Cloud workload protection for VMs

Use cloud workload protection to monitor and protect your Linux VMs.

Cloud workload protection helps you monitor and protect your Linux VMs. It uses the Elastic Defend integration to capture cloud workload telemetry containing process, file, and network activity.

Use this telemetry with out-of-the-box detection rules and machine learning models to automate processes that identify cloud threats.

Use cases

  • Runtime monitoring of cloud workloads: Provides visibility into cloud workloads, context for detected threats, and the historical data needed for retroactive threat investigations.
  • Cloud-native threat detection and prevention: Provides security coverage for Linux, containers, and serverless applications. Protects against known and unknown threats using on-host detections and protections against malicious behavior, memory threats, and malware.
  • Reducing the time to detect and remediate runtime threats: Helps you resolve potential threats by showing alerts in context, making the data necessary for further investigations readily available, and providing remediation options.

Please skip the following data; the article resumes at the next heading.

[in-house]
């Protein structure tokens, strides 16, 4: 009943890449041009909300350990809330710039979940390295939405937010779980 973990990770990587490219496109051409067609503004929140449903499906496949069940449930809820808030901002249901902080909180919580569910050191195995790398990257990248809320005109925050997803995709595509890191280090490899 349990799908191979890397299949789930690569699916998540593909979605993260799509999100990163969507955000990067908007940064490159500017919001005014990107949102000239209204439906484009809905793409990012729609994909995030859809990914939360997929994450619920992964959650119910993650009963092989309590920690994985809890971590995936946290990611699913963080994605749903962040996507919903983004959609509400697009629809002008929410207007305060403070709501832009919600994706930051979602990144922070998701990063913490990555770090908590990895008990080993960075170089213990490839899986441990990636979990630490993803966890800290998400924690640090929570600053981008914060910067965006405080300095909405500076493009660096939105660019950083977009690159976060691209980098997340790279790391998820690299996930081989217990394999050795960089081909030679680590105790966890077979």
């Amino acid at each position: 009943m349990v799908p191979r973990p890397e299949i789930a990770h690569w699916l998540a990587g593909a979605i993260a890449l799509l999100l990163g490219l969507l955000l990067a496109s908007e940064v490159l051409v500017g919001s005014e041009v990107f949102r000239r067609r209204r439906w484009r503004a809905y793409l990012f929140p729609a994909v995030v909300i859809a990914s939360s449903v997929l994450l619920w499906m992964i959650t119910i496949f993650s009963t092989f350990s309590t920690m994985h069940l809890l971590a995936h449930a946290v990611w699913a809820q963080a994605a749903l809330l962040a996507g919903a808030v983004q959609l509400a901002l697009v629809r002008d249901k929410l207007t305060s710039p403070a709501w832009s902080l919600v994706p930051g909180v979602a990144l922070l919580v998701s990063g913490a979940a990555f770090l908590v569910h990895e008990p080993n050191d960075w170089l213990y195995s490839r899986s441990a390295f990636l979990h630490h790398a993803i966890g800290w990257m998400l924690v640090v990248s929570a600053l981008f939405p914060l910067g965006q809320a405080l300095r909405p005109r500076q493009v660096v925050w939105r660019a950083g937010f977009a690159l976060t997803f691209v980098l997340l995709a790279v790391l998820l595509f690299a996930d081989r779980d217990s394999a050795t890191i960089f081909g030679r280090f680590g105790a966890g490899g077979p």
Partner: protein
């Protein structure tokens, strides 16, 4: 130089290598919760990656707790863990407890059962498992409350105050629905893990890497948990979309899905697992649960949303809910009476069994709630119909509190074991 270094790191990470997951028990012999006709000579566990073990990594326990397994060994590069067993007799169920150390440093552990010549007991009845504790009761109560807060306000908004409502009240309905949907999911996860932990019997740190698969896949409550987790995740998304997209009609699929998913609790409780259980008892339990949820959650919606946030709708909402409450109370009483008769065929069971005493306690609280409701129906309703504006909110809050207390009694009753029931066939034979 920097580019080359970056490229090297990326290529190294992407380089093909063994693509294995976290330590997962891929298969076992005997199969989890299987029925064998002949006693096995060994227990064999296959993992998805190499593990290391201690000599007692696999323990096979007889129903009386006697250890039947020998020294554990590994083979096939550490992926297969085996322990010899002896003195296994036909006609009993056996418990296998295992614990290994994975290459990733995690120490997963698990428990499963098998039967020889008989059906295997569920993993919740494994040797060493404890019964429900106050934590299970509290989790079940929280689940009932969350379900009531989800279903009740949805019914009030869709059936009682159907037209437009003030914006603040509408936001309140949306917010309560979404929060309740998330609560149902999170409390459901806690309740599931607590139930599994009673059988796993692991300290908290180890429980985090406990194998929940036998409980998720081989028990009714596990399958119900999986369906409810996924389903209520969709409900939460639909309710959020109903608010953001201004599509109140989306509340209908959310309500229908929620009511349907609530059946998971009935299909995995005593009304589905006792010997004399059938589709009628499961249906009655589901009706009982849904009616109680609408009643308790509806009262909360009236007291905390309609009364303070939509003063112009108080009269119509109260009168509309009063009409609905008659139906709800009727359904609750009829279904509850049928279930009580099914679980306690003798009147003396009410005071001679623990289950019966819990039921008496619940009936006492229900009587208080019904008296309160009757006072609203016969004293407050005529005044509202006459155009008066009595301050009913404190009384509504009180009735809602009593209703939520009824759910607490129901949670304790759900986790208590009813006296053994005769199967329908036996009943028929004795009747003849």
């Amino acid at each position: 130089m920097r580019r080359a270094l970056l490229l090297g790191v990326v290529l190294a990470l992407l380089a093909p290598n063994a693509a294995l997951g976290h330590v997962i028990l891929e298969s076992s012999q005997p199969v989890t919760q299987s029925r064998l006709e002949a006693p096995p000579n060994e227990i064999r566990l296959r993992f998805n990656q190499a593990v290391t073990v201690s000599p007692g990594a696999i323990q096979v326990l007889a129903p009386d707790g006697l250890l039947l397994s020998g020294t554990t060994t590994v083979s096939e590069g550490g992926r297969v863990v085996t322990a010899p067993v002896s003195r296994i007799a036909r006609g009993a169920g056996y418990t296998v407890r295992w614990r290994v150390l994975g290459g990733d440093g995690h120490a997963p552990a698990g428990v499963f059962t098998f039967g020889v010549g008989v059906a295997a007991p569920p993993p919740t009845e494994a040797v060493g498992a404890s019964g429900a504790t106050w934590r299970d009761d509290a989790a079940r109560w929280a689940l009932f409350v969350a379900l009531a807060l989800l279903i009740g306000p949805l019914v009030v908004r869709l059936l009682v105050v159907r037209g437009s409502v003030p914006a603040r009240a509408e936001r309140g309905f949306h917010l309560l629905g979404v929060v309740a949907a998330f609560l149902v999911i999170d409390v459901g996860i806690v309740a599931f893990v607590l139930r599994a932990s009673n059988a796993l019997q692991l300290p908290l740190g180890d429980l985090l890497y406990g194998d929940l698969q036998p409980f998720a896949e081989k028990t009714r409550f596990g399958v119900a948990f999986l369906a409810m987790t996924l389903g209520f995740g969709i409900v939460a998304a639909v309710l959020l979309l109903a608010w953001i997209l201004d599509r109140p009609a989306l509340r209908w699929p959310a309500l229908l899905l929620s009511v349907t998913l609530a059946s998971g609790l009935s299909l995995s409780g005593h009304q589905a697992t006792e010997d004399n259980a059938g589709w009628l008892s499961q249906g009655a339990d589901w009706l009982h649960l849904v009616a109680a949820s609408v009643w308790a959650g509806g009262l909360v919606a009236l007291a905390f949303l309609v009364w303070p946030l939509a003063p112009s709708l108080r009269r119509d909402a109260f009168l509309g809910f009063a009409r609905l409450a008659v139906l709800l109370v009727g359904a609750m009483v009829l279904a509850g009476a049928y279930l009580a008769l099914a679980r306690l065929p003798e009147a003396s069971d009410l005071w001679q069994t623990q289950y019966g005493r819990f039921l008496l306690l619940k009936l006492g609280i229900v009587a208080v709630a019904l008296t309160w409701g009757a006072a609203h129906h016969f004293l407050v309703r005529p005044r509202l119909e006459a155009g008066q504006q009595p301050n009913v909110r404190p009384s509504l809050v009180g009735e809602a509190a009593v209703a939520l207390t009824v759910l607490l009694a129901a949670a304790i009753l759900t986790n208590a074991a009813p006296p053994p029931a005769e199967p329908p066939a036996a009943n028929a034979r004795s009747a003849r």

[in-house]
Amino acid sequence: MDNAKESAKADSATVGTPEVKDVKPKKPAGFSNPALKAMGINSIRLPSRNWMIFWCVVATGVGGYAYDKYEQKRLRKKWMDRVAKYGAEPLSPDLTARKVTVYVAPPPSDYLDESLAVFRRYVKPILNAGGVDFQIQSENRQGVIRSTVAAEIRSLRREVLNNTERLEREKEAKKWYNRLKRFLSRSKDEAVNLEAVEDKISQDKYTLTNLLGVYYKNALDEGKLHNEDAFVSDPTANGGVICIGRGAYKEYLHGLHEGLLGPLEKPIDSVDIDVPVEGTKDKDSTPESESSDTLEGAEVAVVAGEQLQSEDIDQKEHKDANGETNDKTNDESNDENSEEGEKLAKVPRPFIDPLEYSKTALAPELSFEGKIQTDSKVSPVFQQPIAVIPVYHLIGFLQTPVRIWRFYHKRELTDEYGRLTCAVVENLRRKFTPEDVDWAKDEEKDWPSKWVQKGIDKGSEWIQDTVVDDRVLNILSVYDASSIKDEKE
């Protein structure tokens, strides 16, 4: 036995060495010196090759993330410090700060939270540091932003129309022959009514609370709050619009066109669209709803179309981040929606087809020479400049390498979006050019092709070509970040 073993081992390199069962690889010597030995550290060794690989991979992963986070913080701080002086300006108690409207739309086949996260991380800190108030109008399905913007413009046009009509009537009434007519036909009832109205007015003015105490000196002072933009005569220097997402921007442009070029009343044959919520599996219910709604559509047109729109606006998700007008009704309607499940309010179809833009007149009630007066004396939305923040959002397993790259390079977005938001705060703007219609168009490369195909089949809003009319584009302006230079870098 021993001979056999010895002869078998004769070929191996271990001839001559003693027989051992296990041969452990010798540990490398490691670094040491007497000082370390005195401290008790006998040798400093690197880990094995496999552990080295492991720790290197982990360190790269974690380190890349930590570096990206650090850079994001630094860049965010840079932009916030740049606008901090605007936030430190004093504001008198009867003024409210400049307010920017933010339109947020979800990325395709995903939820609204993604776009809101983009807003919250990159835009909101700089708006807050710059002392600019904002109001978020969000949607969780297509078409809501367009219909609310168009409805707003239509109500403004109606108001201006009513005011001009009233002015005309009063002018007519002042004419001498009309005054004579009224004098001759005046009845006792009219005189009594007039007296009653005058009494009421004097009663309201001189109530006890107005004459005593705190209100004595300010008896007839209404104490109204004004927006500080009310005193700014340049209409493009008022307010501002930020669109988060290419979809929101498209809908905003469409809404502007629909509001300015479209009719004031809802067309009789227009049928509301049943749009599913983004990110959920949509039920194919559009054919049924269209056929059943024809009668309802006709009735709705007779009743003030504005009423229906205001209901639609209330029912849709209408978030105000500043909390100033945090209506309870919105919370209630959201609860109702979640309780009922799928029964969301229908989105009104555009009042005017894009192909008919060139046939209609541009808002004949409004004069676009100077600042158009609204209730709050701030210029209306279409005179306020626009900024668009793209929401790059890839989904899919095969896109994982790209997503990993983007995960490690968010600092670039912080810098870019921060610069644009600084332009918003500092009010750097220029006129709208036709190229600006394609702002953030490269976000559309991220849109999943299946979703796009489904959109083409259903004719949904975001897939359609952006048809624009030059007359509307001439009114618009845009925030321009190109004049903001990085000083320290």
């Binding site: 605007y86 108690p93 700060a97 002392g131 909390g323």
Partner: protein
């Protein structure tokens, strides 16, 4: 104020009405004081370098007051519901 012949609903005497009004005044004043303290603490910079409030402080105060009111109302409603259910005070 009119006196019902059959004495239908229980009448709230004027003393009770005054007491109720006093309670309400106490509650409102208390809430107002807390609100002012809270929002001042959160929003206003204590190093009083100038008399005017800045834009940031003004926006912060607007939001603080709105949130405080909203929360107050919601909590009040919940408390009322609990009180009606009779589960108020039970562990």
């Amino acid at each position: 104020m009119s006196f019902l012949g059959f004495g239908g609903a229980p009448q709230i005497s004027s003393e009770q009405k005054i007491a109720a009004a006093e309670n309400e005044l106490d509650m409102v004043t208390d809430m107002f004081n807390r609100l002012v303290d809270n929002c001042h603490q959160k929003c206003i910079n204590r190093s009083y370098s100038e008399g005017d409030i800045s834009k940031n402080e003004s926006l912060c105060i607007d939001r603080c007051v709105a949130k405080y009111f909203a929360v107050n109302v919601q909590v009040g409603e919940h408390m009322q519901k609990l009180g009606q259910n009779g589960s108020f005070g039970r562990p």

To continue setting up your cloud workload protection, learn more about:

  • Getting started with Elastic Defend: configure Elastic Defend to protect your hosts. Be sure to select one of the "Cloud workloads" presets if you want to collect session data by default, including process, file, and network telemetry.
  • Session view: examine Linux process data organized in a tree-like structure according to the Linux logical event model, with processes organized by parentage and time of execution. Use it to monitor and investigate session activity, and to understand user and service behavior on your Linux infrastructure.
  • The Kubernetes dashboard: Explore an overview of your protected Kubernetes clusters, and drill down into individual sessions within your Kubernetes infrastructure.
  • Environment variable capture: Capture the environment variables associated with process events, such as PATH, LD_PRELOAD, or USER.

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